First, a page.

The Pinhole Movement7 14 Share Tweet
Sometimes you just need to step back, stay still, and enjoy the many things going around you. Connect with the world and see it in fresh eyes with pinhole photography! Take a breather and capture the moment with pinhole cameras that can prove that sometimes simple is the only way to go.
Basically, pinhole photography is done using a light proof box, a tiny hole, and some film. There are pinhole cameras of different shapes and sizes, taking up different film formats but they all need your patience and focus to come up with beautiful images and stories. Some are as simple as they can be while others can be considered as works of art. But ultimately, it rests upon you to capture the moment and memorable photographs.
You can learn more about pinhole photography with a bit of reading and a whole lot of enthusiasm. We also have tons of great pinhole photos from our very talented community members.
The concept of pinhole photography has been around since the 1800s (some accounts would say that people already played with the idea as early as the year 1570) when the camera obscura was born. Back then, it was used mainly by artists for rendering and scientists in their observation/experiments. It wasn’t until the year 1826 that the first pinhole photograph was successfully taken by French lithographer Joseph Niepse using only Bitumen of Judea on pewter – a light sensitive natural ingredient, a camera obscura, and a reported 8 hours worth of exposure time. Truly, times have changed but the ethereal charm of pinhole photography lives on.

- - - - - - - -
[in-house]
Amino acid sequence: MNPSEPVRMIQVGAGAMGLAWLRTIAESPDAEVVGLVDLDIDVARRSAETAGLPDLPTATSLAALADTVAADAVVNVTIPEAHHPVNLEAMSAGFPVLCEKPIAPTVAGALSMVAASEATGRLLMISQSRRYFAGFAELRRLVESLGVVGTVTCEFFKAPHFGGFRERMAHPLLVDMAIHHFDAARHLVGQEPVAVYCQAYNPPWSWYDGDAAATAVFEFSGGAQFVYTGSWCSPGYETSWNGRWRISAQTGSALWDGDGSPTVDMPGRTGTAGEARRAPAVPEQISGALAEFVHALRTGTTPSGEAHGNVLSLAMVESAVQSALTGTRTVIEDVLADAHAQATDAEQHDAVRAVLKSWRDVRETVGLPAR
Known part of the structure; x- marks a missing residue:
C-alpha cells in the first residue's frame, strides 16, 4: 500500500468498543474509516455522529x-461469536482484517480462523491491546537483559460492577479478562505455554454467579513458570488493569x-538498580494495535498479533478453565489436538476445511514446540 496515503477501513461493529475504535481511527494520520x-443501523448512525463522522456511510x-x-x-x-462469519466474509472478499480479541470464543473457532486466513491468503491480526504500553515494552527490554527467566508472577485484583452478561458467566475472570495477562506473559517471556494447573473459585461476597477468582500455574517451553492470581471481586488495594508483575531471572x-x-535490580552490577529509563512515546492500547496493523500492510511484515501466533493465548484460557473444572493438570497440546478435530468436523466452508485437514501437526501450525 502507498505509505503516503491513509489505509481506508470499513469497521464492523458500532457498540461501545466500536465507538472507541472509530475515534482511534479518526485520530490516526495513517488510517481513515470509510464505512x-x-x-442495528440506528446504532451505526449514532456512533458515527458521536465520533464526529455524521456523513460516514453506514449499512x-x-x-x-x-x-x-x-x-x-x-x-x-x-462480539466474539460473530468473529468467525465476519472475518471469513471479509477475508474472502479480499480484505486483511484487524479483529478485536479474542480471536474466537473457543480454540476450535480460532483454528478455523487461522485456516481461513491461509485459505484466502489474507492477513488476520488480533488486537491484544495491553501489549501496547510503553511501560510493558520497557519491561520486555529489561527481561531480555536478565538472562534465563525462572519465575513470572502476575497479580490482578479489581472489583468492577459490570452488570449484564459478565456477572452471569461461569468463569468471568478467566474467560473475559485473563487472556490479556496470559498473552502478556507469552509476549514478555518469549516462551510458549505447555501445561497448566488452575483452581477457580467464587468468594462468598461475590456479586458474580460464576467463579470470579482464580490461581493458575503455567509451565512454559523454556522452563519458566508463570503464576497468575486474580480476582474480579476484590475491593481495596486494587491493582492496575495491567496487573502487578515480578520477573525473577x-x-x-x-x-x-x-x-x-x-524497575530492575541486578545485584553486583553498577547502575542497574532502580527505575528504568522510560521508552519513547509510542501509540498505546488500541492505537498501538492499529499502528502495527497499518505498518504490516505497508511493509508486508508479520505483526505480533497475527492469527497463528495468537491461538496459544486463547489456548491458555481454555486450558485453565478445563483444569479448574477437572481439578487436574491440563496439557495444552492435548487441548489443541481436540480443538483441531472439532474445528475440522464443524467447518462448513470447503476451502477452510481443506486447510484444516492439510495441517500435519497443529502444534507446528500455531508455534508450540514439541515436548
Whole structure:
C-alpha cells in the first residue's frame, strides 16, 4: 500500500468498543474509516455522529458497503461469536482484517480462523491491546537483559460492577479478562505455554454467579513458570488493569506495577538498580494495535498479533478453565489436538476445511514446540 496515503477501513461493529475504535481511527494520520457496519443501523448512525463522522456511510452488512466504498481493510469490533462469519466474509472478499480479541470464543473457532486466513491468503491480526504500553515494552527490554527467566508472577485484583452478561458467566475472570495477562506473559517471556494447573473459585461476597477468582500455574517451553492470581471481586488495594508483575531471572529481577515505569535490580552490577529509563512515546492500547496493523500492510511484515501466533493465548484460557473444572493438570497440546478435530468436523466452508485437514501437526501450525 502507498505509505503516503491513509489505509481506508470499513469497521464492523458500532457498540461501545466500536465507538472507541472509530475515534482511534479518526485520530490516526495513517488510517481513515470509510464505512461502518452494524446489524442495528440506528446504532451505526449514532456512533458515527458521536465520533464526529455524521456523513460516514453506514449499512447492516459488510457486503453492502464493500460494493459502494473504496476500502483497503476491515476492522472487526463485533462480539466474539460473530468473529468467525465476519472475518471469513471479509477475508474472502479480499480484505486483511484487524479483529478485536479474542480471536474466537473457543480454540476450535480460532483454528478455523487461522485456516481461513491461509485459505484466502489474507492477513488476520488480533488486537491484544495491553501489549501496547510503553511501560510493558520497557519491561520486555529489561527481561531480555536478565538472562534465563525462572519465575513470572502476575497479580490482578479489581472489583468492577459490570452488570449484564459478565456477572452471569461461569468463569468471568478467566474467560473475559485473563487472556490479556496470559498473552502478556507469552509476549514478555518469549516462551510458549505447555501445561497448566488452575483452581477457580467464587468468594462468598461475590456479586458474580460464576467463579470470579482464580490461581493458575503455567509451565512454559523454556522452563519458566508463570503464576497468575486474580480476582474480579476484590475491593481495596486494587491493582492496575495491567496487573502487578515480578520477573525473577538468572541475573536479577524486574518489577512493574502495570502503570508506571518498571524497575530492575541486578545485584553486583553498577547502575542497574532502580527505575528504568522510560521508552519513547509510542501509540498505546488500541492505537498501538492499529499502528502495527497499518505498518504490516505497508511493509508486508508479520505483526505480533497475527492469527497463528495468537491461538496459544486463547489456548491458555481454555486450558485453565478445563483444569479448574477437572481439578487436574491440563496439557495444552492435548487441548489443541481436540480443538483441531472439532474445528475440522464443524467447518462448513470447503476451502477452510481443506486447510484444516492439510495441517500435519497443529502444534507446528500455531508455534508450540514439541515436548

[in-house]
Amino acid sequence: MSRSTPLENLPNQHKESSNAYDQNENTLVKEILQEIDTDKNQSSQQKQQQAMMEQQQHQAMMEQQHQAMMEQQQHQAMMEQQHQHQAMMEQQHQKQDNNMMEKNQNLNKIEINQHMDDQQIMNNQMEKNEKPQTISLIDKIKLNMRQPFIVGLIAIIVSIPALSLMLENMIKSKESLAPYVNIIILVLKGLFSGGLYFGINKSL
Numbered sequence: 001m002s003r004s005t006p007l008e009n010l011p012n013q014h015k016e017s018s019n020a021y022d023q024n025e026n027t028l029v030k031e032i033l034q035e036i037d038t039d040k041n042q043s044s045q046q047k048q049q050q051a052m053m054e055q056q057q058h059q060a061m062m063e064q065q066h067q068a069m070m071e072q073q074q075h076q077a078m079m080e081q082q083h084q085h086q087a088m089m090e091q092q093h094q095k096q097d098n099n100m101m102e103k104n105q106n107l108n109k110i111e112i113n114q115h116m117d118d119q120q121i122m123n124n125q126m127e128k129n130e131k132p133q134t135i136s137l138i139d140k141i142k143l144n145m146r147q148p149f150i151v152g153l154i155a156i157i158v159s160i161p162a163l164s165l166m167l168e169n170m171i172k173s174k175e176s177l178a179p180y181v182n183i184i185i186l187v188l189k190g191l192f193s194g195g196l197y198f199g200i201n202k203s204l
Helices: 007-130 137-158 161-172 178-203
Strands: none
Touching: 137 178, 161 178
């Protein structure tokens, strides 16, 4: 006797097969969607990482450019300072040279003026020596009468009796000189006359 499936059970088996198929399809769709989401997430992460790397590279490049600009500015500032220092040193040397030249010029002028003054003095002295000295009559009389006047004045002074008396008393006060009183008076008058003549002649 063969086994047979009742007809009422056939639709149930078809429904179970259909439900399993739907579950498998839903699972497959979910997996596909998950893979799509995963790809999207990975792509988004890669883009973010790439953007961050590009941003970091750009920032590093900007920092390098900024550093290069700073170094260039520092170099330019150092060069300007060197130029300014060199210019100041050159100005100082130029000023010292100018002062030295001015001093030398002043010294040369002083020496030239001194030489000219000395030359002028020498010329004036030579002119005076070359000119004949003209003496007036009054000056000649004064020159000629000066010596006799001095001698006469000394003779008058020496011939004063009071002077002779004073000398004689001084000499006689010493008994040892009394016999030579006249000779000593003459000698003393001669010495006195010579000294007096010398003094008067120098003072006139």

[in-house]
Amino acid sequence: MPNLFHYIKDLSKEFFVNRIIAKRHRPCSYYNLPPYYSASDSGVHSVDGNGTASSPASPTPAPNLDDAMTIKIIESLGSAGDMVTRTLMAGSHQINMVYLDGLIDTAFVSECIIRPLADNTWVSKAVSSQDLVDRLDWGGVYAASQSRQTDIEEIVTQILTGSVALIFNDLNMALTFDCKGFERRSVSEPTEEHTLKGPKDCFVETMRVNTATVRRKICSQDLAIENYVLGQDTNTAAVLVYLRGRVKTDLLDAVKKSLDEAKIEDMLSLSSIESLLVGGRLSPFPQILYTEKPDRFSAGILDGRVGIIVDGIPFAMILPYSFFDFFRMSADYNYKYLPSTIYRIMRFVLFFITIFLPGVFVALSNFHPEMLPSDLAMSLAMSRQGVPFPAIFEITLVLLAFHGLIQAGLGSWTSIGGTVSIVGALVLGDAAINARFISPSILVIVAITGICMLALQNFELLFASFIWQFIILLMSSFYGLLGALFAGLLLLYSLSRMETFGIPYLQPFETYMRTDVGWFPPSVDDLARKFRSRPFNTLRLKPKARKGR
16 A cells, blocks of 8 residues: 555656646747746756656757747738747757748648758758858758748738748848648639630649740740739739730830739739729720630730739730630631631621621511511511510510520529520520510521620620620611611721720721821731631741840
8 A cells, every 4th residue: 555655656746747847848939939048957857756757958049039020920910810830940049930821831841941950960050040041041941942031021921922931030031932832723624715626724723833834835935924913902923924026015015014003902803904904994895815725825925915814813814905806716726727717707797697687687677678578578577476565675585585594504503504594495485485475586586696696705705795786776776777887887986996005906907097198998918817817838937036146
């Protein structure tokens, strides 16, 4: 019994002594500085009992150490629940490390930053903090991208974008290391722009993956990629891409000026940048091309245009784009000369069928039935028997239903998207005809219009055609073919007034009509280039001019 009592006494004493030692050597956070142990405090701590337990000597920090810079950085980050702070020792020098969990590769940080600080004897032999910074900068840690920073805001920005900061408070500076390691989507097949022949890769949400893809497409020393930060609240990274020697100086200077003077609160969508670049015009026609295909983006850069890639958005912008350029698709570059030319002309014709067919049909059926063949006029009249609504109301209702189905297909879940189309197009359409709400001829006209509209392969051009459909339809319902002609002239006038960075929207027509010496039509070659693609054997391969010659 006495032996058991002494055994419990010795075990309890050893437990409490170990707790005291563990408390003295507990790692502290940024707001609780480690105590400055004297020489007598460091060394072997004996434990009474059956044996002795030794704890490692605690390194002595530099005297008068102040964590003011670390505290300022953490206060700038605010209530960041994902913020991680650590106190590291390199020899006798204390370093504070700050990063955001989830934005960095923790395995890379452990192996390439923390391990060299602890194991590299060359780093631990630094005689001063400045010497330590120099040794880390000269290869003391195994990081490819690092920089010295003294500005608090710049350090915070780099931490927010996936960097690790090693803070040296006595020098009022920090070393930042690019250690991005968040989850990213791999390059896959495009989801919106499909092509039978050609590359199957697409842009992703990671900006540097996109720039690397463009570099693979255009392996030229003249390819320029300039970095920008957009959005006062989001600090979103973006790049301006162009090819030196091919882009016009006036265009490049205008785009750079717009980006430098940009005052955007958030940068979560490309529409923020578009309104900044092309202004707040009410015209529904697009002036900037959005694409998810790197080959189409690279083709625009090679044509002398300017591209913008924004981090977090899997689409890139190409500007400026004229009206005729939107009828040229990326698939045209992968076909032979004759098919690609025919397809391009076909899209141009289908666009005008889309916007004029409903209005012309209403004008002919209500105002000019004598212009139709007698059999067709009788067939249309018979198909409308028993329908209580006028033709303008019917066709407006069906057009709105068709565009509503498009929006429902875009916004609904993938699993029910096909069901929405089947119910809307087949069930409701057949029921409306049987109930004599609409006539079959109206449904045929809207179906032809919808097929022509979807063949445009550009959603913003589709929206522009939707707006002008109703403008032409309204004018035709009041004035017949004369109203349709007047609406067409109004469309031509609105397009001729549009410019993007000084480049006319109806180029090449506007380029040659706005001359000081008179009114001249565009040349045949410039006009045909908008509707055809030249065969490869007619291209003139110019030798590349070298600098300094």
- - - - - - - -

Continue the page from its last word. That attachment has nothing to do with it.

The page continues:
Easy pinhole photography: A quick walkthrough
- Choose a camera that will suit you and your photographic needs. Make sure that it’s light-proof! We don’t want your prints to get all messed up due to light leaks.
- Use a film that’s perfect for your environment. Pinhole photography needs more time than regular photography so always remember your ISO and Sunny 16 rule.
- Frame your photograph carefully. Some homemade pinhole cameras have little or no frame marking at all so you would just have to experiment or wing it from time to time.
- Be patient. You can’t rush when shooting with a pinhole camera. Close the shutter too early and you may have underexposed your film, close it too late and you may have let too much light in. Take things in moderation.
- Minimize camera shake if you can’t totally avoid it. Every bit of movement is crucial when shooting with pinhole cameras.
- Have fun! Enjoy the scenery, the people, and the action happening all around you. Pinhole photography is supposed to be fun, not a bore.
You can actually make your own DIY pinhole camera! Some of our fellow community members and featured stories can teach you how. Here are a few examples of some DIY pinhole camera projects:
Pinhole Passion: Instant Pinhole Camera in Instant Film Pack
How to Make Pinhole Camera from a Soda Can
Taking Back Tipsters: Build a Pinhole Camera
Taking Back Tipsters: DIY Pinhole Cameras
Monday Moodboard: Multi-purpose Altoids Tin Pinhole Camera
Lomography offers a wide variety of pinhole cameras for users to choose from. Take a look and see which camera suits your and your shooting style. Experiment with different techniques to add another skill to your creative repertoire.
2017-03-04 #videos #diy #pinhole-photography #tipster